COLUMBUS -- Jake Guentzel scored shorthanded for the Pittsburgh Penguins, and the lead was down to one again for the Columbus Blue Jackets with 27.5 seconds left in the third period Tuesday. The fans gasped at Nationwide Arena.
For a moment.
Already on their feet, the fans chanted, "C-B-J! C-B-J!" They cheered as the seconds ticked off the clock, then roared as the Blue Jackets cleared their zone and the horn sounded. The cannon blasted. Red and blue streamers fell from the rafters. Fans walked out high-fiving ushers.
It might seem like nothing. By winning 5-4, all the Blue Jackets did was avoid elimination in the Eastern Conference First Round, cutting the Penguins lead in the best-of-7 series to 3-1, earning a chance to play Game 5 at PPG Paints Arena on Thursday (7 p.m. ET; NHLN, SN, TVA Sports 2, ROOT, FS-O).
[RELATED: Complete Penguins vs. Blue Jackets series coverage]
But this was the third time the Blue Jackets had won in the Stanley Cup Playoffs in their 16 seasons, the second time they had won at home, the first time they had won in regulation.
In the locker room, trainer Kevin Collins could put on that electronic dance music by Avicii that forward Cam Atkinson had picked as their win song.
Coach John Tortorella hates that stuff. He uses a stronger word to describe it, like a grumpy old man complaining about that noise and these kids today. But he told the players in the morning to forget they trailed 3-0. All he wanted was for them to play well so they could hit the play button.
"I want them to be able to put that on and just jam with it so they can feel good about themselves," Tortorella said after the morning skate. "Then we'll decide how we approach the rest of the series."
In their first playoff appearance, the Blue Jackets were swept by the Detroit Red Wings in 2009. In their second, they won two overtime games, one at home, but lost the series in six games to the Penguins in 2013. Each time, they were eliminated at home.
This market has had the ingredients -- from rabid sports fans to a first-class facility -- but hasn't had much of a reason to celebrate its NHL team.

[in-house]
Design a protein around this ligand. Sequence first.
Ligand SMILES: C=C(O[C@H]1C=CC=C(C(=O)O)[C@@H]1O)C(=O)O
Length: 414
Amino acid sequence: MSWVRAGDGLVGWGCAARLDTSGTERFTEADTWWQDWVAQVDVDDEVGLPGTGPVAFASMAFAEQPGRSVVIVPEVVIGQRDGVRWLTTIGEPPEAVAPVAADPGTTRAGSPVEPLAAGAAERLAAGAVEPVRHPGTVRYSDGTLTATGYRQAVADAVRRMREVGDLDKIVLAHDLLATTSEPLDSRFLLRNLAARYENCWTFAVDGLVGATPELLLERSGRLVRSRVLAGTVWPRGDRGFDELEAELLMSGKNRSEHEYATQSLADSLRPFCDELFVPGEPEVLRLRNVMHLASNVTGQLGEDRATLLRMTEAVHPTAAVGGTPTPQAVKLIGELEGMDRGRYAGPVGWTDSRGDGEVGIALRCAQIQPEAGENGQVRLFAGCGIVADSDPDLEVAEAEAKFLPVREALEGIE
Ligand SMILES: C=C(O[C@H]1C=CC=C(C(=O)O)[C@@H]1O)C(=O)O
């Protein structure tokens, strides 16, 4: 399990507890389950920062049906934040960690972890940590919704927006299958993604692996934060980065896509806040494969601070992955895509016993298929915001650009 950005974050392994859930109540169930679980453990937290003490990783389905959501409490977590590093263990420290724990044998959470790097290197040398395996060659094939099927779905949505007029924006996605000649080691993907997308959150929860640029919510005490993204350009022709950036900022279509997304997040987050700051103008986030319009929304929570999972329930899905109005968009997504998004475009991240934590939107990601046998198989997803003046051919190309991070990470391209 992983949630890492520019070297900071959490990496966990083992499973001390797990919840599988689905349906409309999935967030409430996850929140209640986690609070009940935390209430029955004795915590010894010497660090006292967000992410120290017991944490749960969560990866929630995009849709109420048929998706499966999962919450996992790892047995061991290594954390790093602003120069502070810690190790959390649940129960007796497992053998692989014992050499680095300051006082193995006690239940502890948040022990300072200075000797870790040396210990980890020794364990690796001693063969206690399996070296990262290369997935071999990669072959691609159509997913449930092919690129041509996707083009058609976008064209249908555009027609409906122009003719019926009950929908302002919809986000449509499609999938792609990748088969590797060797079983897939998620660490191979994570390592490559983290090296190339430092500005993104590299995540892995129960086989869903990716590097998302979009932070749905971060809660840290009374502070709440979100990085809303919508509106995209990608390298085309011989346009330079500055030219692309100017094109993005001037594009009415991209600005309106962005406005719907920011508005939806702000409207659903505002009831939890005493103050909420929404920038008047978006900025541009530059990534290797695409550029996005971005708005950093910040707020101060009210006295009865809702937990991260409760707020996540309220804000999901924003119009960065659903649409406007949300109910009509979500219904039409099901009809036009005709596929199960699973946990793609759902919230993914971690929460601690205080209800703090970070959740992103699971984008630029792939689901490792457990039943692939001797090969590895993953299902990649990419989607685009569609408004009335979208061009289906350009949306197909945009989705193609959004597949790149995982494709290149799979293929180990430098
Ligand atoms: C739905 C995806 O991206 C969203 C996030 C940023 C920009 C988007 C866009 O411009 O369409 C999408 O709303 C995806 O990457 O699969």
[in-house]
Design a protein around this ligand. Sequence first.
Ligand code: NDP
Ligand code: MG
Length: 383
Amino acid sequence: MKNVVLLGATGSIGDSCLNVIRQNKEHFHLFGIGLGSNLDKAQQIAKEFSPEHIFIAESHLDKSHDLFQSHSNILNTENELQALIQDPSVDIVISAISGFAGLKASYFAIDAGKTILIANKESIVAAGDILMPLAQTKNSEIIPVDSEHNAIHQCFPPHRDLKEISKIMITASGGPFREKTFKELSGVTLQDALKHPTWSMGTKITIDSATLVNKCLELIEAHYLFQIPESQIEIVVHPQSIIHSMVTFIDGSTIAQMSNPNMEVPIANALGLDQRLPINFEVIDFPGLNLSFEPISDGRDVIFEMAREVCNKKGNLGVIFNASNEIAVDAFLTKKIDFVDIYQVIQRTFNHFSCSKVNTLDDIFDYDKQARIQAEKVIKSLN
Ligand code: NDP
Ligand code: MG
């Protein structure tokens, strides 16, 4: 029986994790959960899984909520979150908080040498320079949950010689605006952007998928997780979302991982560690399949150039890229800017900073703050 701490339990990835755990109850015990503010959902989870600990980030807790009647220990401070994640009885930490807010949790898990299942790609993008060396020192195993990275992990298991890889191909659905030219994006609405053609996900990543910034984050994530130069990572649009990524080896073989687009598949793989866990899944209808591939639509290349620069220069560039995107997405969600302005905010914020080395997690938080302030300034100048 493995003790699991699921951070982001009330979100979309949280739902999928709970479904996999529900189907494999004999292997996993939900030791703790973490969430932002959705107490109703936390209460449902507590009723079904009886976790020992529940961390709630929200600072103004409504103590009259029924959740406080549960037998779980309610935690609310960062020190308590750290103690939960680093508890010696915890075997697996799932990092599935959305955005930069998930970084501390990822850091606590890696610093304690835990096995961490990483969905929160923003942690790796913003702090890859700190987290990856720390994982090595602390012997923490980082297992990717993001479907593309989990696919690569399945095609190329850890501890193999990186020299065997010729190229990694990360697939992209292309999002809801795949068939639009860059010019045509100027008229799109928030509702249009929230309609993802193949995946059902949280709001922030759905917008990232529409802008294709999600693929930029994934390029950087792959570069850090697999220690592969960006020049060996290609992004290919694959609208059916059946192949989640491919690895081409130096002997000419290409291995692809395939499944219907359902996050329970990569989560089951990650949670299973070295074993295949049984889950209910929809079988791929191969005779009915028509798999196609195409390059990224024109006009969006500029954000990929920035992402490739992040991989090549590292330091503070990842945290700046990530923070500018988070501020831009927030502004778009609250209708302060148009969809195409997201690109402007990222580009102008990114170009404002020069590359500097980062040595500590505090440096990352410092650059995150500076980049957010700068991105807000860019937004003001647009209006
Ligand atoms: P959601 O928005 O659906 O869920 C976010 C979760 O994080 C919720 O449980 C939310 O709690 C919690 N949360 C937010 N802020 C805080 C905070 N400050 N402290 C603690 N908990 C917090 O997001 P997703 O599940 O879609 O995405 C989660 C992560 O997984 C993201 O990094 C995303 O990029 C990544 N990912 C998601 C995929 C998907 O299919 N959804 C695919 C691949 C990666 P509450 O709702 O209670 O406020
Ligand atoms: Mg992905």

Then came this season. The Blue Jackets went on a 16-game winning streak, one short of the NHL record. They set franchise records for wins (50) and points (108), and finished fourth in the League standings.
To get swept, to get eliminated at home again, would have been a bitter letdown. It would have been little consolation that the Blue Jackets played in the stacked Metropolitan Division and drew the Penguins, who won the Stanley Cup last year and finished second in the League standings this season.
Video: PIT@CBJ, Gm4: Tortorella on the Jackets' Game 4 win
The Blue Jackets felt they didn't play as badly as it looked in Games 1 and 2, when they were outscored by a combined 7-2 in Pittsburgh. They felt they played worse in Game 3 but had their best chance to win, one shot from a victory, losing in overtime 5-4.
Without rookie defenseman Zach Werenski, who sustained a facial fracture in Game 3, they dominated much of Game 4, breaking out better, turning over fewer pucks, forechecking better, sustaining possession. They took a 3-0 lead in the second period.
Yes, they wobbled after the Penguins cut it to 3-2 later in the second.
"We got small a little bit," Tortorella said. "You could just see we were kind of in a little bit of a panic. We started turning pucks over, and that's a good team, they can sense the blood in the water."
But goaltender Sergei Bobrovsky, who excelled in the regular season but has struggled in this series, came through at the end of the second, and center William Karlsson scored 27 seconds into the third to make it 4-2. Penguins forward Tom Kuhnhackl scored at 2:10, but Boone Jenner responded at 5:37 to make it 5-3.
"Every time they scored, we would counter," Atkinson said.
The Blue Jackets have allowed at least three goals in all 14 playoff games in their history. They have to win three in a row against the defending champs. Though they won 16 straight in the regular season, they weren't playing the Penguins game after game in the playoffs. Four teams have come back from down 3-0 in a series in NHL history. Four. That's it.
But bare minimum, no matter what happens next, the fans got to feel what it was like to win in the playoffs again. The players got to feel what it was like to win in the playoffs, some for the first time, and got to jam in the locker room.
Except for Atkinson, who was doing an interview with NBC Sports' Pierre McGuire on the bench. They'll have to win Game 5 so he can jam too.
"Exactly," Atkinson said. "We have nothing to lose. We're still down. We're still crawling back into this. But it's huge for us to get the momentum. Obviously a win is huge."